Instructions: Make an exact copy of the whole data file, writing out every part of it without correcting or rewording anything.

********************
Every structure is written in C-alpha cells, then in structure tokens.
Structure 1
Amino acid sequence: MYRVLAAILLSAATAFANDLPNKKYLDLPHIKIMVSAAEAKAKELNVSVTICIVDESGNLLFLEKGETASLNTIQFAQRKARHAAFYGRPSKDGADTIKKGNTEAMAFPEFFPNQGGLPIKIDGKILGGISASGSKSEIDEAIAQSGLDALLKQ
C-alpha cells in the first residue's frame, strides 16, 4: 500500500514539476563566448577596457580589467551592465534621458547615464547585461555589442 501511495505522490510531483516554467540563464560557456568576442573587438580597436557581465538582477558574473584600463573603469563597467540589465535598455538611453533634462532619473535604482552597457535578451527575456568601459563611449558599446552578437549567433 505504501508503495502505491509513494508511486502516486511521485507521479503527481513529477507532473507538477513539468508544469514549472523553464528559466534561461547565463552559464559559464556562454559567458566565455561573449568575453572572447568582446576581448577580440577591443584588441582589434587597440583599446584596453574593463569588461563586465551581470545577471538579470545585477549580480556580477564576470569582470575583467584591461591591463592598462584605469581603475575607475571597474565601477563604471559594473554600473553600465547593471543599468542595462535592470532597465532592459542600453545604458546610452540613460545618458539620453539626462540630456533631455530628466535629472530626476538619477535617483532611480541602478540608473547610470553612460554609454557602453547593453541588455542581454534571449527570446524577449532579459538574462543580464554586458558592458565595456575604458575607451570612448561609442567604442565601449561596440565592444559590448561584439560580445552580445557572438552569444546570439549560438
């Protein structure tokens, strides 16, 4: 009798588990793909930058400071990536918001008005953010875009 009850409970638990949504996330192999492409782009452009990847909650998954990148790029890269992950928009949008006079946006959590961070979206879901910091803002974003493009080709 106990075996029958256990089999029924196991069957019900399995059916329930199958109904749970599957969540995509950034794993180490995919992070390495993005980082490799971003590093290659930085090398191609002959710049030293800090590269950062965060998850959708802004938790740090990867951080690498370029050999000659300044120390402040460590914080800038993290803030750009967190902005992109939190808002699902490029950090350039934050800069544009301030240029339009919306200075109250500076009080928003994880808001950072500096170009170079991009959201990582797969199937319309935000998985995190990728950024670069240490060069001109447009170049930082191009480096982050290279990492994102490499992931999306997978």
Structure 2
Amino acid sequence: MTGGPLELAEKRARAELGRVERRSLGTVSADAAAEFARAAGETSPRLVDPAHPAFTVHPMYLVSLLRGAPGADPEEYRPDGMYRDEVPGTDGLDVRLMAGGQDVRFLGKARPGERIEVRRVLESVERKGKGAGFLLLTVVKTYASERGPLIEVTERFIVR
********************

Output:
Every structure is written in C-alpha cells, then in structure tokens.
Structure 1
Amino acid sequence: MYRVLAAILLSAATAFANDLPNKKYLDLPHIKIMVSAAEAKAKELNVSVTICIVDESGNLLFLEKGETASLNTIQFAQRKARHAAFYGRPSKDGADTIKKGNTEAMAFPEFFPNQGGLPIKIDGKILGGISASGSKSEIDEAIAQSGLDALLKQ
C-alpha cells in the first residue's frame, strides 16, 4: 500500500514539476563566448577596457580589467551592465534621458547615464547585461555589442 501511495505522490510531483516554467540563464560557456568576442573587438580597436557581465538582477558574473584600463573603469563597467540589465535598455538611453533634462532619473535604482552597457535578451527575456568601459563611449558599446552578437549567433 505504501508503495502505491509513494508511486502516486511521485507521479503527481513529477507532473507538477513539468508544469514549472523553464528559466534561461547565463552559464559559464556562454559567458566565455561573449568575453572572447568582446576581448577580440577591443584588441582589434587597440583599446584596453574593463569588461563586465551581470545577471538579470545585477549580480556580477564576470569582470575583467584591461591591463592598462584605469581603475575607475571597474565601477563604471559594473554600473553600465547593471543599468542595462535592470532597465532592459542600453545604458546610452540613460545618458539620453539626462540630456533631455530628466535629472530626476538619477535617483532611480541602478540608473547610470553612460554609454557602453547593453541588455542581454534571449527570446524577449532579459538574462543580464554586458558592458565595456575604458575607451570612448561609442567604442565601449561596440565592444559590448561584439560580445552580445557572438552569444546570439549560438
């Protein structure tokens, strides 16, 4: 009798588990793909930058400071990536918001008005953010875009 009850409970638990949504996330192999492409782009452009990847909650998954990148790029890269992950928009949008006079946006959590961070979206879901910091803002974003493009080709 106990075996029958256990089999029924196991069957019900399995059916329930199958109904749970599957969540995509950034794993180490995919992070390495993005980082490799971003590093290659930085090398191609002959710049030293800090590269950062965060998850959708802004938790740090990867951080690498370029050999000659300044120390402040460590914080800038993290803030750009967190902005992109939190808002699902490029950090350039934050800069544009301030240029339009919306200075109250500076009080928003994880808001950072500096170009170079991009959201990582797969199937319309935000998985995190990728950024670069240490060069001109447009170049930082191009480096982050290279990492994102490499992931999306997978």
Structure 2
Amino acid sequence: MTGGPLELAEKRARAELGRVERRSLGTVSADAAAEFARAAGETSPRLVDPAHPAFTVHPMYLVSLLRGAPGADPEEYRPDGMYRDEVPGTDGLDVRLMAGGQDVRFLGKARPGERIEVRRVLESVERKGKGAGFLLLTVVKTYASERGPLIEVTERFIVR